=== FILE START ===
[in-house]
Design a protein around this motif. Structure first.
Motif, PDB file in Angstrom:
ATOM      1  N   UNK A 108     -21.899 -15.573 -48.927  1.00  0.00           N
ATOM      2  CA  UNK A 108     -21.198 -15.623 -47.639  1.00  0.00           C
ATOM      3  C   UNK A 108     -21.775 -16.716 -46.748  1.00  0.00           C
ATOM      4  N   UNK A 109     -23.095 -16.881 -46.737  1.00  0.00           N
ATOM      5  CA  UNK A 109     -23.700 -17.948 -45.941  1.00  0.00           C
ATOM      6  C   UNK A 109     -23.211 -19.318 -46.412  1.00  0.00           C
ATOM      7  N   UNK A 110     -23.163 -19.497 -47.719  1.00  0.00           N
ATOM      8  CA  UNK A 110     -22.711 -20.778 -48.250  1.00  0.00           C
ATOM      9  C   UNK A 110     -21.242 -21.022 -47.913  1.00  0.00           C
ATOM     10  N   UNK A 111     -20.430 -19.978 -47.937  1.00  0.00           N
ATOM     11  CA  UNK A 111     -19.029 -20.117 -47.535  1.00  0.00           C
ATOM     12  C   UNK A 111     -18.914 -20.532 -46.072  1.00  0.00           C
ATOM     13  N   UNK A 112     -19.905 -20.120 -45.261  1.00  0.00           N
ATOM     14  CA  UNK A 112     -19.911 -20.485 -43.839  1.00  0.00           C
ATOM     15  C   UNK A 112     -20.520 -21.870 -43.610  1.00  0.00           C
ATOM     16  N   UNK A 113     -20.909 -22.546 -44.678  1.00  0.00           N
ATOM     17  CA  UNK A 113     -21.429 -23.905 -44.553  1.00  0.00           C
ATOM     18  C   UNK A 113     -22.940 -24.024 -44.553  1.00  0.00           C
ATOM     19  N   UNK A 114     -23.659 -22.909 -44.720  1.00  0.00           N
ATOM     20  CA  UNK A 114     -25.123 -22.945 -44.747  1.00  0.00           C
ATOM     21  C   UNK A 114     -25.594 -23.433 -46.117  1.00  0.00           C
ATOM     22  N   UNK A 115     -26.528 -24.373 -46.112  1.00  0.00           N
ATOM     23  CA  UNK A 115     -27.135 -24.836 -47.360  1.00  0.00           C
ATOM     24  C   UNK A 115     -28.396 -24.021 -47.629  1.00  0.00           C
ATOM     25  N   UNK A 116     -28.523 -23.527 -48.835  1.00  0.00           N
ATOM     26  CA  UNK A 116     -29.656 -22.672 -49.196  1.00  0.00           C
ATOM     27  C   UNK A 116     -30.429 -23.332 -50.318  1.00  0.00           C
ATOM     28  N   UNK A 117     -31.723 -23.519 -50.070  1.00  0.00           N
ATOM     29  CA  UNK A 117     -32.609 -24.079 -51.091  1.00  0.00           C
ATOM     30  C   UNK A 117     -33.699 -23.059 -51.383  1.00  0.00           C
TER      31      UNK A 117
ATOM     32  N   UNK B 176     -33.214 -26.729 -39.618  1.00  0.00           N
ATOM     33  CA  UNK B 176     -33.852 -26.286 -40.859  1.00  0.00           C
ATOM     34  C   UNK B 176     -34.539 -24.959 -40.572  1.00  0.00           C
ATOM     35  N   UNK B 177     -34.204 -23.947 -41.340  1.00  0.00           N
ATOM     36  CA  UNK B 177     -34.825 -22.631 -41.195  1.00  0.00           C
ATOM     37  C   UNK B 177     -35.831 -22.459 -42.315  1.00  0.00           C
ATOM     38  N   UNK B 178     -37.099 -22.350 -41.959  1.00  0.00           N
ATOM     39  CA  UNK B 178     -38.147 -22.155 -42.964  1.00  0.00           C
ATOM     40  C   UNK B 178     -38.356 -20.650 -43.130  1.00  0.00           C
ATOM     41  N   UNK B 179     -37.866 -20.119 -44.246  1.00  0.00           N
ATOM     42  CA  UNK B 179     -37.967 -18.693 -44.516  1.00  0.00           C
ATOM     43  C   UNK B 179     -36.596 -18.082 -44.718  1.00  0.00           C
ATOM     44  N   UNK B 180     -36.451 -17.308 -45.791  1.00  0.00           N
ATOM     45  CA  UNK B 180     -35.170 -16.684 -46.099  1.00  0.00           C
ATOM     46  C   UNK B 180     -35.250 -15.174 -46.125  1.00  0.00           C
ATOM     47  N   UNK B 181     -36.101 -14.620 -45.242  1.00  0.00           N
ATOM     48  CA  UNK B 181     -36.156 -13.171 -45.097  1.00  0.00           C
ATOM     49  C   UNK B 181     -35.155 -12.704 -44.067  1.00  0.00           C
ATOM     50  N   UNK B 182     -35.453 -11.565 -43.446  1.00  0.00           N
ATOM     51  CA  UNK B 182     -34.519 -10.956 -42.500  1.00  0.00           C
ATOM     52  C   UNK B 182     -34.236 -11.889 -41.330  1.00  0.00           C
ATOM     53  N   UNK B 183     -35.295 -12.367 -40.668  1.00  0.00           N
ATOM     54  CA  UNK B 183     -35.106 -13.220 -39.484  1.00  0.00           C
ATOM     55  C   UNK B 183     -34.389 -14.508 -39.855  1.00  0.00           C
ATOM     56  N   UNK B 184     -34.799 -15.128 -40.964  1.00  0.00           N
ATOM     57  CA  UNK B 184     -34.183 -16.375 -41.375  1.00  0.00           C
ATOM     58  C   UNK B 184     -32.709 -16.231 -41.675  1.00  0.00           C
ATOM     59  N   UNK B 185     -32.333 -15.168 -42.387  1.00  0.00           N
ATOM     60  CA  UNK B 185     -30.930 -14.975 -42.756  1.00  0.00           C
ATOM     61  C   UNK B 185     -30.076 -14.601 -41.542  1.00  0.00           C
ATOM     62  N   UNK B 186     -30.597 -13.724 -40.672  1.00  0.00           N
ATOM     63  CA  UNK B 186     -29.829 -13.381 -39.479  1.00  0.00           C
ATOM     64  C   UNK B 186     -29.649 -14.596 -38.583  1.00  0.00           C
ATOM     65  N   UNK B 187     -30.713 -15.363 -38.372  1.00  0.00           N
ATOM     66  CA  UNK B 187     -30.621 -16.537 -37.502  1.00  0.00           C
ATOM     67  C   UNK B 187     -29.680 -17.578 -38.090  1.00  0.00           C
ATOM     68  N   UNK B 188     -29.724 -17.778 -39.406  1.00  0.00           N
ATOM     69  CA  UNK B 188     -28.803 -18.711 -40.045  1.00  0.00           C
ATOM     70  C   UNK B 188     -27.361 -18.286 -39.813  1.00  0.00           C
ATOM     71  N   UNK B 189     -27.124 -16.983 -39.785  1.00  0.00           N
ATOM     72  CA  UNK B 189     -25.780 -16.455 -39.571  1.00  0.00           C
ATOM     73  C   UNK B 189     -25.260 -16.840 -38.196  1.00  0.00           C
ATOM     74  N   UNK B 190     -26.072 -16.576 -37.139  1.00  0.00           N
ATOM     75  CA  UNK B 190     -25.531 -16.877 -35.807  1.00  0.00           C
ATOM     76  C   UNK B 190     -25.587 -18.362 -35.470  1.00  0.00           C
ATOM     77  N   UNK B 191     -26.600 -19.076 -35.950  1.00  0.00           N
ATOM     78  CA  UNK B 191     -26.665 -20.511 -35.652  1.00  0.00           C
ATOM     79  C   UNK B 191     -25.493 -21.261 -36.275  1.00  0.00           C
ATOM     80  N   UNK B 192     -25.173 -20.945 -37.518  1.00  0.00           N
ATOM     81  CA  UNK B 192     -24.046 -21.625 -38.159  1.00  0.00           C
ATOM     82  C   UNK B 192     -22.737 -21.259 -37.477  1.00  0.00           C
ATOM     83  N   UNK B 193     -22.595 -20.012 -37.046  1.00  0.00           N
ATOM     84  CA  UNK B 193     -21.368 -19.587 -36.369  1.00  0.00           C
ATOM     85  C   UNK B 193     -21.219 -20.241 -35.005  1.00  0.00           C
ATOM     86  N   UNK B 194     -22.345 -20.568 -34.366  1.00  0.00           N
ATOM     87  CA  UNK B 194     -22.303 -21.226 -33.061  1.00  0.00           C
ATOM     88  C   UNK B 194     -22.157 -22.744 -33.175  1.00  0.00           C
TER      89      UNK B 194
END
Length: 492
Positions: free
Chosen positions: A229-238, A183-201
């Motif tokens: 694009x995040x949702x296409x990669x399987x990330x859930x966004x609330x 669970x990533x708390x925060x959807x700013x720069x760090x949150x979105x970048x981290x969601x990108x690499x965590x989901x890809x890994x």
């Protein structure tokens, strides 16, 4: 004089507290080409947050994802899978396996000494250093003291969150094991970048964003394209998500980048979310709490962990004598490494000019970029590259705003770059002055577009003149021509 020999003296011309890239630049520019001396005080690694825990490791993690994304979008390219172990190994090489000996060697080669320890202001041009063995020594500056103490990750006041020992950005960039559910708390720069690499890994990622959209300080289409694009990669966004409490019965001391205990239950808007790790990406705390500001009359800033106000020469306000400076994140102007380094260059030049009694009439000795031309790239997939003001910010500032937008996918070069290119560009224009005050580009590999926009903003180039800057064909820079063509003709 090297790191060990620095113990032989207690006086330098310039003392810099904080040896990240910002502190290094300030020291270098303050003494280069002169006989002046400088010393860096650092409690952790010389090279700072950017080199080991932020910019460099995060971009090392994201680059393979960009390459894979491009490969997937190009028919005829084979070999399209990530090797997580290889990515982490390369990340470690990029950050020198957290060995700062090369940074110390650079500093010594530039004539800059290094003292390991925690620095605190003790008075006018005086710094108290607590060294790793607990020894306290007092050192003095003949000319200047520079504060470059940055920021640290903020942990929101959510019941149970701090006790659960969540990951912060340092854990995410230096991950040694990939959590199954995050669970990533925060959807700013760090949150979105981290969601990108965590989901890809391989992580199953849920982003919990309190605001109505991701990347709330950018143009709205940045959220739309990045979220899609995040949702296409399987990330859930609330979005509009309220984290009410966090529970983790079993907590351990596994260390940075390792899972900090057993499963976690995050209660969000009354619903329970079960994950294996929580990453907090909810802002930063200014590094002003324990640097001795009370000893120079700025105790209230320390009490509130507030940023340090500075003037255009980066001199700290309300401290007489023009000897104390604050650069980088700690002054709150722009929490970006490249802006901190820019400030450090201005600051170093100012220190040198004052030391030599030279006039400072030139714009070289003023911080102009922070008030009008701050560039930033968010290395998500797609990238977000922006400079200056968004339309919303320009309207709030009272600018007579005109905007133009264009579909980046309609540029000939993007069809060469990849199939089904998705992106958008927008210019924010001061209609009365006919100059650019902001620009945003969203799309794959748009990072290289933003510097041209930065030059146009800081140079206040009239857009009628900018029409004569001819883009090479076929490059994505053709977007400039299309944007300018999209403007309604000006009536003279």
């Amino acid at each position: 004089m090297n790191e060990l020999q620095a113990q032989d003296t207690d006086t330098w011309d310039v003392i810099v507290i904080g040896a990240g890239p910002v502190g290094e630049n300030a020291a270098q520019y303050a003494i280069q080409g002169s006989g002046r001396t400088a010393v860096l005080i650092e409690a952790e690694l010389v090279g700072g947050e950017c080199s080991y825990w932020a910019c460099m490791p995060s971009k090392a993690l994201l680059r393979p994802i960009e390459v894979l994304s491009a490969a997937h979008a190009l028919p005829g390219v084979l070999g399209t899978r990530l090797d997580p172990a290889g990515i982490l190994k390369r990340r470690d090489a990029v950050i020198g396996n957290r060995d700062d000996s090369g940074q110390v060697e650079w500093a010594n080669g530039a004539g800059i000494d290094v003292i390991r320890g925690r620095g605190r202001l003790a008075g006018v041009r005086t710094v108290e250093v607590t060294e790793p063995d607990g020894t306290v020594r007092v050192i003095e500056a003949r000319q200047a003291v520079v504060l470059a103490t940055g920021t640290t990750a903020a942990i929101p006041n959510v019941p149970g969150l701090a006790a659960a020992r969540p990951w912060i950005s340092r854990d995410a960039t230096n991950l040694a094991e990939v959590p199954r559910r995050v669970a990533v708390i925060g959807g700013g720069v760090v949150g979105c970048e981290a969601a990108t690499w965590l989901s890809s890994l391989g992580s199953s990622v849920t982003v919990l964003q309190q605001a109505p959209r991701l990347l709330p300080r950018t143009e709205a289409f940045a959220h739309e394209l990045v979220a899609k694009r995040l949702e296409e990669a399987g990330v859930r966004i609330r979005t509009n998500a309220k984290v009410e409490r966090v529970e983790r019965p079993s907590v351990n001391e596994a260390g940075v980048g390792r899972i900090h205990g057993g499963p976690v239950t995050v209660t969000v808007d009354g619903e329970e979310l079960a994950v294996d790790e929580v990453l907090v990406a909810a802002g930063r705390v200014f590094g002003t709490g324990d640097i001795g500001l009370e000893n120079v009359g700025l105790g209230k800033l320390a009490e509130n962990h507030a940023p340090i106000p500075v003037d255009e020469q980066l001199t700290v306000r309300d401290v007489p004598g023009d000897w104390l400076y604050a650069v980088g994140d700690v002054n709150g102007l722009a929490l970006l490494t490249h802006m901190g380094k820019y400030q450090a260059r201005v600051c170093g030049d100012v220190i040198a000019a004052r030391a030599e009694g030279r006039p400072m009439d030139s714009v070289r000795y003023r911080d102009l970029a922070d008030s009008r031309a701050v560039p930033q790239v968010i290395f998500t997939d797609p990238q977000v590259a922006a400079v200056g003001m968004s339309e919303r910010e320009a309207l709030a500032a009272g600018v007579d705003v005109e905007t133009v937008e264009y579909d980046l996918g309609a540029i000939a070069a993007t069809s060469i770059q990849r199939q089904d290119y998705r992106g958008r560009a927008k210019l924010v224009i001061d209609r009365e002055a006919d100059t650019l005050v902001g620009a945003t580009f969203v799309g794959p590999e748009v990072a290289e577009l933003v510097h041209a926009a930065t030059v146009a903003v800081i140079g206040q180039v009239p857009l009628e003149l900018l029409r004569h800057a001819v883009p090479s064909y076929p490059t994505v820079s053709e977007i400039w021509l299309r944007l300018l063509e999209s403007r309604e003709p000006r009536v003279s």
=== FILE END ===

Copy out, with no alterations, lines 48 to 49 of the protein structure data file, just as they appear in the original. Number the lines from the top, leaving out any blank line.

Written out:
ATOM     45  CA  UNK B 180     -35.170 -16.684 -46.099  1.00  0.00           C
ATOM     46  C   UNK B 180     -35.250 -15.174 -46.125  1.00  0.00           C